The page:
Mass appeal: Old-style service drawing young crowd
When introducing a new service these days, most churches seem to go the rock ‘n’ roll route — something new to bring in a younger crowd.
To say that Trinity Episcopal Church went in another direction might be a bit of an understatement.
When the church decided to add a new service in fall 2006, instead of looking forward, it looked back.
Way back. As in the fourth century.
The result is a unique celebration of Christianity referred to as the Solemn High Mass. A mystical meeting of old traditions in a setting where blue jeans and T-shirts are appropriate, the Sunday night service features incense, music and what the church, 1011 Vt., refers to as all of the “major propers” including the Kyrie Eleison, the Gloria in Excelsis, the Credo, the Sanctus and Benedictus and the Agnus Dei, which are chanted.
Performed only during the Kansas University school year, the service, which began its 2009-2010 season last Sunday evening, has snagged a crowd young and old, Episcopalian and not, says the Rev. Paul McLain, the church’s curate.
“You’ll see some students here tonight, of course, a lot students in the choir,” McLain says before the first service of the year, which drew about 50 people to Mass and the free dinner that follows it each week. “But then you’ll see members of the congregation in all age groups, who have been attracted to the service and many newcomers. And we have people who drive in from as far away as Kansas City because it is such a unique service.”
A tradition using tradition
Solemn High Mass was introduced to Trinity in 2006 by its former rector, the Rev. Jonathon Jensen. Before leaving in June for his current post at the Trinity Cathedral in Little Rock, Ark., Jensen described his thoughts behind the addition of the old-style service this way: “We wanted to create something new that was different from what other places could offer in Lawrence. Lots of churches in Lawrence do contemporary worship, and that’s wonderful, but this is a 150-year-old downtown church that looks like an old English church and we have a fantastic organ and a wonderful chorale tradition, and we know what we can do best. And it’s not contemporary. It’s that (old style). And, so, we wanted to have this distinct offering.”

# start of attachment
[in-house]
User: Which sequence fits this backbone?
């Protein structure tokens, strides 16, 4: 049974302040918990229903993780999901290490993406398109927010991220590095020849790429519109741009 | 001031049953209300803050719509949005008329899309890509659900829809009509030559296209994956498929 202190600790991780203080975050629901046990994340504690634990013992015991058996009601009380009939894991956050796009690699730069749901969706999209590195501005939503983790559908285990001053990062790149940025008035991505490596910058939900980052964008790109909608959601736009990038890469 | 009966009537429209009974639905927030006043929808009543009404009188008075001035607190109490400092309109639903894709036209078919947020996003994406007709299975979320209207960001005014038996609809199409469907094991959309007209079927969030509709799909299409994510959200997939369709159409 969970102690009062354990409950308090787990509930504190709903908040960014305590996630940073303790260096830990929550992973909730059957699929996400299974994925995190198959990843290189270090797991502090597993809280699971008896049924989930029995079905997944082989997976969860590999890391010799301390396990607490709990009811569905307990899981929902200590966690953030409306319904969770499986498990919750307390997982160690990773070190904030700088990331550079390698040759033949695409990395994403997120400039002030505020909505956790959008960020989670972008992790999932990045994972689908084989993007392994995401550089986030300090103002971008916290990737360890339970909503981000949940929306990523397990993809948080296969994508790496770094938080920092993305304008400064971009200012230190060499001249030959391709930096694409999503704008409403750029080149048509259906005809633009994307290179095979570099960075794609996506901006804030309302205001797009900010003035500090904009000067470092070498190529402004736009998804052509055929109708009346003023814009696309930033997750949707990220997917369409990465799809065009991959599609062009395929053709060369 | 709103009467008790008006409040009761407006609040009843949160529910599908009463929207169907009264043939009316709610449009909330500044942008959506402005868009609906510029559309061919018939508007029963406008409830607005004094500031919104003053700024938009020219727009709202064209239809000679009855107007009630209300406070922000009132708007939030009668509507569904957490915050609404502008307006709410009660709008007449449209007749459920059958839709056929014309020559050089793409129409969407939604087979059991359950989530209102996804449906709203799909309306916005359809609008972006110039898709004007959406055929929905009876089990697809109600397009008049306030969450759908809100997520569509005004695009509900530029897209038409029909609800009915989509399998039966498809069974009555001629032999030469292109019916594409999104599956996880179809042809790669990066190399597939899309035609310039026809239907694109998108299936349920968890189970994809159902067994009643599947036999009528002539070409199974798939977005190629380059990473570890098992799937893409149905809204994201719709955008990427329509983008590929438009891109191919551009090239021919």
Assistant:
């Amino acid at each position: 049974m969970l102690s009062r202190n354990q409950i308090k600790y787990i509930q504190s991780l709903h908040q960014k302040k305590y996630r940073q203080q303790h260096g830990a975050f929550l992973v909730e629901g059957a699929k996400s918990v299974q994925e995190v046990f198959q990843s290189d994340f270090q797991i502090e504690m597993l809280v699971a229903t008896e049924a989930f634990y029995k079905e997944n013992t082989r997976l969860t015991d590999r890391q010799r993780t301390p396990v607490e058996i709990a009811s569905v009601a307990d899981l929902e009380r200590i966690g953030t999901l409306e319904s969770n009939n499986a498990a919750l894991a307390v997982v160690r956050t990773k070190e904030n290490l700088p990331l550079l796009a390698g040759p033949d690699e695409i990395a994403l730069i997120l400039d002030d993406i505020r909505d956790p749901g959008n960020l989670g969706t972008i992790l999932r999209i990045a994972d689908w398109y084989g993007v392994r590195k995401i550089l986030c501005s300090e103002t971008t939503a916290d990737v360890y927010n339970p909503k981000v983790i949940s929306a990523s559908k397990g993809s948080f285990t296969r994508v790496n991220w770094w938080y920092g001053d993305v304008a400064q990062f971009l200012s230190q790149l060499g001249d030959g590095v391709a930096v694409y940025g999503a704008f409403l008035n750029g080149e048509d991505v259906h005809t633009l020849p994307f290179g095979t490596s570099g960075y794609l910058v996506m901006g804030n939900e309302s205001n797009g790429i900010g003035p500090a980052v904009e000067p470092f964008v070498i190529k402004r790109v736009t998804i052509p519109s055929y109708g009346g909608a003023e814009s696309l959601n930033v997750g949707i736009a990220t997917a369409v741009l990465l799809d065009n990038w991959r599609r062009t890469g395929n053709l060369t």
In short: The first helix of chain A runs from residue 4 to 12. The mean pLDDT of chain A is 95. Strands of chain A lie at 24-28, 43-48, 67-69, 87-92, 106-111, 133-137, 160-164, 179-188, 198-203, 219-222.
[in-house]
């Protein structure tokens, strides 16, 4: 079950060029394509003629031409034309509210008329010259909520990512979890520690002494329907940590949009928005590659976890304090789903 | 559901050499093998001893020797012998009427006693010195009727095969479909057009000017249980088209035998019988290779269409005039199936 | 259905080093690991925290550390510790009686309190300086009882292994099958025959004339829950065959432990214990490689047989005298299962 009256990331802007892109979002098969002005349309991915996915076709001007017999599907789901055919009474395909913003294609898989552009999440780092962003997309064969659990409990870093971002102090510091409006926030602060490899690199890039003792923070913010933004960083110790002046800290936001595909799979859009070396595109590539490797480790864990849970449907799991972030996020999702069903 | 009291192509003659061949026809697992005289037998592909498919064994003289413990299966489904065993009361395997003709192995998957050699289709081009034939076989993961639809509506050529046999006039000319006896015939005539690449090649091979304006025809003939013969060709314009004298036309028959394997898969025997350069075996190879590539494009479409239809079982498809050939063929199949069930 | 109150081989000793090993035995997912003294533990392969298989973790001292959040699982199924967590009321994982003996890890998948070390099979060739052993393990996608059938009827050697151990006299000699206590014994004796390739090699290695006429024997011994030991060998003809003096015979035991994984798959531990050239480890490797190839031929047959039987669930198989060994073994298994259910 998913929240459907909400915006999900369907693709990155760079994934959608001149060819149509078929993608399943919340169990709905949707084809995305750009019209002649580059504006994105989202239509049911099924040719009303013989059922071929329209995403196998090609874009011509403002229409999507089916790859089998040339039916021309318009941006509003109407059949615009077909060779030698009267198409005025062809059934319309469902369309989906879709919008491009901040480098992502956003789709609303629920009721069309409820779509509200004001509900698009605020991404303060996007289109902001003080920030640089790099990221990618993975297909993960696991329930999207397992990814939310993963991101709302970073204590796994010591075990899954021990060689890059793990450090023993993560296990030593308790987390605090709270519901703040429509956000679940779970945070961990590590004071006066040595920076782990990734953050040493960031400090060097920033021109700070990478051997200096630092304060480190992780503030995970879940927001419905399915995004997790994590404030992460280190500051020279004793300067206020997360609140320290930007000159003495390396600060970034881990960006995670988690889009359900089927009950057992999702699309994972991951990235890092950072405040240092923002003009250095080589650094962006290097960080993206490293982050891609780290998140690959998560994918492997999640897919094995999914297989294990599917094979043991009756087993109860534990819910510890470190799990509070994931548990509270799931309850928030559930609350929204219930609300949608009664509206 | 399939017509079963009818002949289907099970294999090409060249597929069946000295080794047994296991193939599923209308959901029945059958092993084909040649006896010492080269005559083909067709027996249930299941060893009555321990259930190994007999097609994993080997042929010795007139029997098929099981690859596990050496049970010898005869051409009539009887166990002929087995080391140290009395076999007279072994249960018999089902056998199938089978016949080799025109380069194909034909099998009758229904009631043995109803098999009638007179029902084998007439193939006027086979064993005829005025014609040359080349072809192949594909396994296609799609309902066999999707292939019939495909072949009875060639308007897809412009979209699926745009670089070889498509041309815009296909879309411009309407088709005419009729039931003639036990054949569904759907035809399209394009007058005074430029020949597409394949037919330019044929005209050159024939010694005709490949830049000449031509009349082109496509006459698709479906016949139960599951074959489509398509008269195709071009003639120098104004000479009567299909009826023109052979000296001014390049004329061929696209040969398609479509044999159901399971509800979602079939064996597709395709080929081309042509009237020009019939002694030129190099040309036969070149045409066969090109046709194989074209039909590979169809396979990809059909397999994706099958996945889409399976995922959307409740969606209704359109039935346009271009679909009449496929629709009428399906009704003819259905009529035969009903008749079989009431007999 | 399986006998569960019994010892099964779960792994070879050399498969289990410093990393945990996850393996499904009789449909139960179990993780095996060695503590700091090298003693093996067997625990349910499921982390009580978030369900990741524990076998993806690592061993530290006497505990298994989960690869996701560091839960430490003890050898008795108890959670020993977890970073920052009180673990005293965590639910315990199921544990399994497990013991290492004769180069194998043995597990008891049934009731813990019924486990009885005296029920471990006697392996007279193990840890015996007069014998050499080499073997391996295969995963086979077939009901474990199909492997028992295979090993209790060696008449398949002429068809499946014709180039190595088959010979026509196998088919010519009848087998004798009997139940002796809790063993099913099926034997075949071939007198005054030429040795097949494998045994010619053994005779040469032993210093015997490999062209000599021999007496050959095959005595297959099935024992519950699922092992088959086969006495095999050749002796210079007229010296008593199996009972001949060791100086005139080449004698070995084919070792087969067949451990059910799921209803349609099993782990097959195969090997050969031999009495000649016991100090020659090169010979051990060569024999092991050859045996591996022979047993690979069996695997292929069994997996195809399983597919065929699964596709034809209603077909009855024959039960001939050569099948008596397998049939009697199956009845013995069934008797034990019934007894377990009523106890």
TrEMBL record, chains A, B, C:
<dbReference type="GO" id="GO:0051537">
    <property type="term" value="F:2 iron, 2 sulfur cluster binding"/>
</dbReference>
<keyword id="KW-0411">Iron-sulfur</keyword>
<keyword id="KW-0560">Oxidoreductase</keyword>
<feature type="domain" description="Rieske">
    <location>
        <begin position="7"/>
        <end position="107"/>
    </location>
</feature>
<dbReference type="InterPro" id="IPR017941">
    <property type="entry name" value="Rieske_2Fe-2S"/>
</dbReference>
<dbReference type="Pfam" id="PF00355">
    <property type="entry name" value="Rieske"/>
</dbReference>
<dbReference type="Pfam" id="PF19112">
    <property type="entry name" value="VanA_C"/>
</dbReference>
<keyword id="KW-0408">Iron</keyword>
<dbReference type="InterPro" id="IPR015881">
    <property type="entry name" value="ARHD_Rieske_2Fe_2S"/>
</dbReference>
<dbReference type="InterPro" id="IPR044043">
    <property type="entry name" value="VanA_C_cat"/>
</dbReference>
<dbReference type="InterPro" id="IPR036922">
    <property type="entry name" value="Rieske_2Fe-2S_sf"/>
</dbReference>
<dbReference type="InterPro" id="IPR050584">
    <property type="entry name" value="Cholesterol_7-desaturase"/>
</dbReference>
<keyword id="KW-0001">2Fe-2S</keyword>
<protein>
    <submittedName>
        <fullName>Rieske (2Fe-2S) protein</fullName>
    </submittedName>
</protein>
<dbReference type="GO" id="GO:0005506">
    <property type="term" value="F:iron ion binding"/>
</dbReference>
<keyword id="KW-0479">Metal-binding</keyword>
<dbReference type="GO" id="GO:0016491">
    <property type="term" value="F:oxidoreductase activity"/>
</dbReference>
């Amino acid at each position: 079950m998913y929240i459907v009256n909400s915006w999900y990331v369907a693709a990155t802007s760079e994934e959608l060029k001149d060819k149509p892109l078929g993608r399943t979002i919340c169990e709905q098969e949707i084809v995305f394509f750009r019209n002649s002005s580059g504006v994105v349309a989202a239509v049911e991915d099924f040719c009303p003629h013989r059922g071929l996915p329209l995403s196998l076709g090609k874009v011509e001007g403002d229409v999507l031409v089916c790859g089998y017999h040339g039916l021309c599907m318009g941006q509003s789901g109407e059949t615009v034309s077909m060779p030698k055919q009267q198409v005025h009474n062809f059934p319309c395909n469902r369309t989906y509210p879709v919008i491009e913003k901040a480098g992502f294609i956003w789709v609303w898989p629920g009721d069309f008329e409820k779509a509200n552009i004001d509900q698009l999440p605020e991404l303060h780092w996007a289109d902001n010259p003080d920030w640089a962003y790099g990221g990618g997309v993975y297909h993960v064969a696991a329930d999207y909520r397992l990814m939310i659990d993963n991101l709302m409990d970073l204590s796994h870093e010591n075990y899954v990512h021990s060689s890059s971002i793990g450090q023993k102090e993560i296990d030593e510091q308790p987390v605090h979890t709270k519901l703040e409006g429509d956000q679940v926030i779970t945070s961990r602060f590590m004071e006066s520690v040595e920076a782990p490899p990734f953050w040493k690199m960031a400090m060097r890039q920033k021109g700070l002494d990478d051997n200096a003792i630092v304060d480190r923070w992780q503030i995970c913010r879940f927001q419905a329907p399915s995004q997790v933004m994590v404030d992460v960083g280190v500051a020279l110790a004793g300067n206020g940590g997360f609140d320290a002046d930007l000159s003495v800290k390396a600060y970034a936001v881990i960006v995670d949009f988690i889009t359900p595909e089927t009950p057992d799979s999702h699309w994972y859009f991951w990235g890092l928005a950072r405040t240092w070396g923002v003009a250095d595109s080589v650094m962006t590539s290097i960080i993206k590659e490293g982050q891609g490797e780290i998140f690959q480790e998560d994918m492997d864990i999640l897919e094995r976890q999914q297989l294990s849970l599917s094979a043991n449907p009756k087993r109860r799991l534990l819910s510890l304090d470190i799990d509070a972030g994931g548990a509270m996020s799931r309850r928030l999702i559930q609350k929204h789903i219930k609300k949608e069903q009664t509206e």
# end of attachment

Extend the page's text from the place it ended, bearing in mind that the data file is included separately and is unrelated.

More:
Hooked right away was KU junior Ryan Hood, who, though raised in a different faith tradition, was quite enamored with the formal style of the service when he first attended as a freshman at the university.
“It is a totally different way for people like me who sort of enjoy the higher style of churching — this is the highest style,” says Hood, attending in a white T-shirt and jeans. “I’ve been to a lot of churches around, and almost no church in the area that I’ve been to does things with as high, sort of formal, style as this is done. It’s very rare. It’s uncommon. Even most Catholic churches don’t do it in high style.”
Impacting the senses
The formality and style come from the service’s substance. Much of the service is sung or chanted by the choir, celebrant or congregation, including the Nicene Creed and the Lord’s Prayer. Communion is given to the congregation in a kneel every Sunday night. The smell of incense is present throughout the ceremony with a thurifer swinging it down the aisle during specific portions of the Mass.
“I’ve heard a lot of people talk about the idea that it uses all your senses — it just sort of inundates you with things,” Hood says. “This thing encourages you to smell and to taste, to touch and to see and to hear and just sort of be flooded with … the presence of God and the presence of everything that we care about. Yeah, it really gets you involved on a totally different level than most services do.”
That difference was felt immediately by the Rev. Ronald Pogue, the church’s interim rector. He was a novice at the execution of a Solemn High Mass, though he says he was excited at the opportunity to be at a church that offers such a service. He believes such a Mass is important to the future of the church — even though it’s such an old style.
“We have noticed a growing interest in ancient or meditative liturgies, particularly among the 18-30 year old age cohort. It’s one aspect of the emerging global cultural shift that is taking place,” Pogue says. “I am proud of Trinity Church in Lawrence and Father Jensen for taking this important step in opening the doors a bit wider to include those who are seeking a service like this.”